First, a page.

98-year-old woman fights to overturn McCarthy-era conspiracy conviction
Miriam Moskowitz (Screen capture)

A woman who was convicted of conspiracy to obstruct justice in what prosecutors called "a dry run" for the Julius and Ethel Rosenberg trial is seeking to have her conviction overturned, the Los Angeles Times reports.

In 1950, Miriam Moskowitz and her married lover, Abraham Brothman, were convicted of conspiring to lie to federal investigators. The basis of their conviction was the testimony of a confessed Soviet agent, Harry Gold, who testified against them in order to avoid a possible death sentence on espionage charges.

According to the government, after the Federal Bureau of Investigations questioned Brothman about he and Gold's activities, Brothman told Gold that "the FBI was just here. They know everything. They know all about us. They know that you were a courier" for a Soviet spy.

Brothman then told Gold, "you have got to tell the same story I did." At Moskowitz's trial, Gold claimed that she was present during this and similar conversations.

But documents released in 2008 revealed that Gold had lied to prosecutors, changing his story in a way that Moskowitz's attorneys characterize as "an error of the most fundamental character" that "rendered the proceeding itself irregular and invalid."

Gold was the only witness against Moskowitz at her trial, during which he testified that she had been present when he and Brothman concocted the lies they would tell FBI agents. On the strength of that testimony, she was convicted on felony conspiracy charges and sentenced to two years in prison.

However, he told the FBI that he "recalls telling BROTHMAN practically nothing in MOSKOWITZ' [sic] presence but later, after all had returned to the laboratory and MOSKOWITZ had gone out for coffee or something, they [Brothman and Gold] talked of their stories to the agents."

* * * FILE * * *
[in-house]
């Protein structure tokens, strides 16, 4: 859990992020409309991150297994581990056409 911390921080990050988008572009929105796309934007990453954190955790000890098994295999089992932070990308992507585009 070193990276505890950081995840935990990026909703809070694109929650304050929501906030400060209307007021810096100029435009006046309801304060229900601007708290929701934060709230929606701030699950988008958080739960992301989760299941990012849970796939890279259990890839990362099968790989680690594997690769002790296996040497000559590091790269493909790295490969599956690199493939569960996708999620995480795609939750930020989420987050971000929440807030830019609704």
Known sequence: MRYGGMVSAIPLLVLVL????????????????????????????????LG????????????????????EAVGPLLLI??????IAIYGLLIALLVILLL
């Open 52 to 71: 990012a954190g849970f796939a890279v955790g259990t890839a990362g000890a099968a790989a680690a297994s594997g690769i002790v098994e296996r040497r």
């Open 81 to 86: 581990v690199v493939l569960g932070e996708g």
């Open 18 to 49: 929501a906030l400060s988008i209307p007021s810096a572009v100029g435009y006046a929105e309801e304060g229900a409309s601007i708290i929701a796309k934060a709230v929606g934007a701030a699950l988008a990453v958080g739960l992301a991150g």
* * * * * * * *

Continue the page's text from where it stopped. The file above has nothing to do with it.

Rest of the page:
"With regard to MIRIAM MOSKOWITZ," Gold stated that "he never discussed his espionage activity in her presence when he could avoid it, as he distrusted her because of her violent temper. He felt that someday after one of the many arguments she was having with BROTHMAN she would, out of spite, go to the authorities and report them."

"Also," he said, "MOSKOWITZ made him uncomfortable and unhappy, and he stayed away from her."

He told the grand jury a similar story, saying that "[w]hen Moskowitz went out on an errand, possibly to obtain some coffee, I related to Brothman in detail the [fictitious] story that I had told" to the FBI. Moreover, he said that he had told Brothman that "no one knew of any of my other activities," and he suggested that "he should not mention any other activities of mine in from of anyone, particularly Miriam Moskowitz."

Four months later, at her trial, he changed his story, implicating Moskowitz in his criminal conspiracy with her lover, Abraham Brothman.

Moskowitz said that she has been haunted by the conviction, telling the Times that in addition to never having had the opportunity to vote or serve on a jury, she also eschewed serious relationships for fear that her suitor would learn of the conviction.

"I would have wanted [marriage and children very dearly," she said. "If [the conviction] had never happened, I'd have had a houseful of children. By now, grandchildren, great-grandchildren."

She is petitioning to have the court vacate her conviction, but the government -- represented by United States Attorney Preet Bharara -- argues that Moskowitz has cherry-picked details from the grand jury testimony in order to "manufacture an inconsistency" and that "[h]er claims, even if taken at face value, are insufficient to establish an error under today's law, let alone the law when she was convicted in 1950."